31.03.2013 - 31.03.2013
View Koning/Zemliak Family Europe 2012/2013 on KZFamily's travel map.
English sausages are one thing, but English sausages for Easter breakfast are definitely another. These, muffins, and hot cross buns were enjoyed by all this morning. Abby and I also got a chocolate bar each, left over from the hurriedly purchased ones in Turkey. We saved those for later, though. We headed over to Golder's Green Parish Church, conveniently located about five minutes away from our house. The vicar was very friendly, and the mass was similar to our usual Easter service, altered slightly as the church was Anglican. Then it was home for lunch and quickly back out again, in order to make our timeslot at the famous wax museum.
As we approached Madame Tussaud's (now known as Madame Tussauds, but I'm keeping the apostrophe), we saw the massive line protruding from the entrance and down the street. It was just as long as before, but fortunately my Dad had thought to book our tickets beforehand, and we only had to wait for about twenty minutes. I could feel the silent wrath of the people that had been in line for two hours as we quickly slipped by them. The wax museum was packed. The first room we visited contained figures of today's A-list stars and starlets, from Morgan Freeman to Emma Watson to Colin Firth. People were actually able to get right up to the statues, touch their arms, rest a hand on their shoulders. It was difficult, but we managed to get photos with a few of them. Then we squeezed our way out of the room and into the next
This room was brightly coloured and centred around the artist Andy Warhol, whose waxen figure greeted us at the door. We also came across a young Liza Minnelli, as well as other samplings of Warhol's art. Then it was on to the third room. Here we found the stars of yesteryear, including Marilyn Munroe, Charlie Chaplin and Humphrey Bogart. There were also a few tried and true actors, those who had seen years of showbiz and are still at it today. Dad posed with Dame Judi Dench, while Abby and I smiled next to Robin Williams. There was also legendary director Steven Spielberg, leaning against his director's chair. On our way out, we encountered Sir Alfred Hitchcock, looking stoic as ever.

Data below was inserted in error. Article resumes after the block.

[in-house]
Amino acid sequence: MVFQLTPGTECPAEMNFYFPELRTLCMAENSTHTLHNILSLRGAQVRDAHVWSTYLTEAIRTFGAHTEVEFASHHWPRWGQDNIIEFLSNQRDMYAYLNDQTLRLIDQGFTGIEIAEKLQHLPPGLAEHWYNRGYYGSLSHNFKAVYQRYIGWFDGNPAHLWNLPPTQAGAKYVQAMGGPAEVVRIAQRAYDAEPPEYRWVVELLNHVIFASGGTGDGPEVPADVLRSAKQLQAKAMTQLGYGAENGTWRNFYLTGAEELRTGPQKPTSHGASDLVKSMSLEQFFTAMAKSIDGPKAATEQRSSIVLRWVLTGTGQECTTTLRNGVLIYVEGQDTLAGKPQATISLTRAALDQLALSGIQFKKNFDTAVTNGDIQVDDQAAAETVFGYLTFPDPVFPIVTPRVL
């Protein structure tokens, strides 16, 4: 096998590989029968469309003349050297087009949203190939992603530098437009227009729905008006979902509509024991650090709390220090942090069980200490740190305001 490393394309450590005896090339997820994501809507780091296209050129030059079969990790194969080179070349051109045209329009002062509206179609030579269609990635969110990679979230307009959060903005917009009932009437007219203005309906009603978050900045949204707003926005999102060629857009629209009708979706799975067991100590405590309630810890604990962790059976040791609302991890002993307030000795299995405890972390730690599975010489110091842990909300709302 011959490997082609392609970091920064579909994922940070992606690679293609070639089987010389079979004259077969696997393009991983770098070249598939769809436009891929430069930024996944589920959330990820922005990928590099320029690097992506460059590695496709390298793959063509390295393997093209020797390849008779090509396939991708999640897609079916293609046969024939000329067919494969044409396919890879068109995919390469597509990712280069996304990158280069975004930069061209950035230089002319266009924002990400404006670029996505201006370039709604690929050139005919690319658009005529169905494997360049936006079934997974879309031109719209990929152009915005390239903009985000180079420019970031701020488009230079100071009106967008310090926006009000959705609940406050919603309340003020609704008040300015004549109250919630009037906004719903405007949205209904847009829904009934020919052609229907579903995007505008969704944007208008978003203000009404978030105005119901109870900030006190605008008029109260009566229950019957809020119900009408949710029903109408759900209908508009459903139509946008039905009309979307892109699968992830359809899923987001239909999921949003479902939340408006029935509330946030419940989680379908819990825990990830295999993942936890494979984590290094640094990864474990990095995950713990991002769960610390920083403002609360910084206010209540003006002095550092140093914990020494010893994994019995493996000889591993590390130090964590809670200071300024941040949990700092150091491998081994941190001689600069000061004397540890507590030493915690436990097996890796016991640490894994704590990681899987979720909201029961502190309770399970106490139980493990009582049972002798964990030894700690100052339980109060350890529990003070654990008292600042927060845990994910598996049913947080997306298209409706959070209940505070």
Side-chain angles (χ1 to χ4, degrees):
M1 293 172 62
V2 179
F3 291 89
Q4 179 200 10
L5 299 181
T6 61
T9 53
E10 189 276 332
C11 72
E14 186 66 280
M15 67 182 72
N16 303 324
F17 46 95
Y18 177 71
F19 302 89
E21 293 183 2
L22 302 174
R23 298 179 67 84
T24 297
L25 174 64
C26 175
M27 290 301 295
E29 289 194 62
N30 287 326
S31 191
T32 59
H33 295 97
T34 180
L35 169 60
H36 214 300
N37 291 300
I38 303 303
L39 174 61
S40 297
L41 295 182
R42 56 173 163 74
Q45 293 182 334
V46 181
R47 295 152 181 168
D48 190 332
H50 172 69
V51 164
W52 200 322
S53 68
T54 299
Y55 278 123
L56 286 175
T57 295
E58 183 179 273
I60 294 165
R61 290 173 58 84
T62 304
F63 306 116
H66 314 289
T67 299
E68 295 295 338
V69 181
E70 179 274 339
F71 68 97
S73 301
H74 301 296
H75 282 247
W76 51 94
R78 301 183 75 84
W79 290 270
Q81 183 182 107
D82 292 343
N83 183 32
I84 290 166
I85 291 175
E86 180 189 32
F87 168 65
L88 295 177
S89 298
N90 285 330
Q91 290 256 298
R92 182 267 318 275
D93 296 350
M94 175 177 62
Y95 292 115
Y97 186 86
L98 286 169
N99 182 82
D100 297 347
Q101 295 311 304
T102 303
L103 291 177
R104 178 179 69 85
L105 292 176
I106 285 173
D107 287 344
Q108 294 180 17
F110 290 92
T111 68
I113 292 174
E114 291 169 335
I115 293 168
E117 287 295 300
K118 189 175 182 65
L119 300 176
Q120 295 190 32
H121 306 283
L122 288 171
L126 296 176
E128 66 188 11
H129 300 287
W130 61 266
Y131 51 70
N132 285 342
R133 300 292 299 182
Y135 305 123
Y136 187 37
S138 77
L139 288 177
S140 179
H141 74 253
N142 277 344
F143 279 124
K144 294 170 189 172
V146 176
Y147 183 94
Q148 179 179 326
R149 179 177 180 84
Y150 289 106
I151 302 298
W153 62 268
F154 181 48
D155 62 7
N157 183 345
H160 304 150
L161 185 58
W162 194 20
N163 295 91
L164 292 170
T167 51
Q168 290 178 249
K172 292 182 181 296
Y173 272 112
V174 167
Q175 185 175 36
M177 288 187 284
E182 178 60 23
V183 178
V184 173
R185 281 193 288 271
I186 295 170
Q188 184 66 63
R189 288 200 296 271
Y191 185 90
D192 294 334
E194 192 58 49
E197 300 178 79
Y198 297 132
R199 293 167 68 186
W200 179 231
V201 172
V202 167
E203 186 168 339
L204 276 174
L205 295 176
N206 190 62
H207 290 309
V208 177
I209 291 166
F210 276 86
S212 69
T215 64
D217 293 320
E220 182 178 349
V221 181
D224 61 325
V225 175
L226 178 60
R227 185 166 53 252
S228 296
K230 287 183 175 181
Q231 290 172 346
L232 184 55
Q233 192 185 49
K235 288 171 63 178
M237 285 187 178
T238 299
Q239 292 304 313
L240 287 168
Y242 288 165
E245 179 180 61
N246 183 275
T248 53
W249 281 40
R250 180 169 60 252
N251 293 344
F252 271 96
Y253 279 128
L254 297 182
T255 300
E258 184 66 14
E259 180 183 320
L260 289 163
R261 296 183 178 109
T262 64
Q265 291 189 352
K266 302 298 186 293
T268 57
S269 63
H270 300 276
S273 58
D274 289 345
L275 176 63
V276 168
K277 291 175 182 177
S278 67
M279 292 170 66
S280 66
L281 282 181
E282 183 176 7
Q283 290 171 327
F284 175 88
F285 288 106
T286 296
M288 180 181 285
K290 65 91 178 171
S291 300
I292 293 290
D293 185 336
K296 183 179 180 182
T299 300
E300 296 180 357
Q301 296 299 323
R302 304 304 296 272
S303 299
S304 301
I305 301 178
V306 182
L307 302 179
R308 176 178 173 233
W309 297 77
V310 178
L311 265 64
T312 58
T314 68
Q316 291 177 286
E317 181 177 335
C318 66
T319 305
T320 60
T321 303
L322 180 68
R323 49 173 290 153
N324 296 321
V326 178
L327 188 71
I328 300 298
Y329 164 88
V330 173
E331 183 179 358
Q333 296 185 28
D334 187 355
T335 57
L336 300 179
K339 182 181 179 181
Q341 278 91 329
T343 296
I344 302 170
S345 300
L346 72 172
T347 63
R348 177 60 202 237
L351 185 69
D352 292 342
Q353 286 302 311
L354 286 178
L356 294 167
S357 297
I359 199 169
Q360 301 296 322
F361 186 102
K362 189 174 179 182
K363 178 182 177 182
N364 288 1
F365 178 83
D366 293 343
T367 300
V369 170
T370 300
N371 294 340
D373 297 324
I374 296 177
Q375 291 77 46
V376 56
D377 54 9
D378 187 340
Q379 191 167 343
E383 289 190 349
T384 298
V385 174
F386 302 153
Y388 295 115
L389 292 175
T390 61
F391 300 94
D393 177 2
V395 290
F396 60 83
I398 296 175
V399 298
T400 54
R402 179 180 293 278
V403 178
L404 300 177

From here we moved on to the sports section. My favourite model here was that of Tom Daley, Britain's young diving star from these past Olympics. They had posed him coming down from the ceiling, arched in mid-dive. There was even a projection of a pool below him. Another Olympic star placed in his very familiar "lightning" pose was Usain Bolt, who Abby decided to imitate. Dad raised his fists alongside Muhammad Ali, who was garbed in a purple boxing robe. Among all these great athletes was Tiger Woods' figure, golf club in hand. No one seemed to be taking pictures with him.
The sports area transitioned smoothly into the Royals' room. Diana stood gracefully in her own little corner, ever the People's Princess and still included even though she's not technically royalty. There were three displays aside from her. Harry, Charles, and Camilla (who was definitely not flattered by the artists) stood off to one side, while busts of a few of the kings and queens of the past were placed at the back, each one enclosed in an ornate picture frame. But the main attraction was the one with Her Majesty the Queen, Prince Philip, William, and Kate. These were the first figures that actually had a discernible line leading up to them. The people waiting (Abby and myself included) became more and more disgruntled as a large family of at least ten people took over the display. They were swapping cameras, changing poses and alternating family member for ages. Eventually, one of the staff on hand threatened to call security if they didn't get a move on. As they left, everyone in the room clapped. We did our best to avoid them as we progressed through the rest of the museum.
The next zone was filled with notable minds of the past and present, Stephen Hawking, Albert Einstein, and Vincent Van Gogh (who still had his left ear) among them. There was an interesting painting behind Van Gogh, a half-finished compilation of a few of his works. We also encountered the most famous bard in history, William Shakespeare, clothed in 16th century-style attire.
After this, it was on to the music section. This room was nearly as busy as the first. Many of today's pop icons were there, like Justin Bieber and Lady Gaga, complete with a telephone on her head. Older musicians still celebrated today included Freddie Mercury from Queen, singing into a microphone, and all of the Beatles, sitting together with guitars and drumsticks in hand.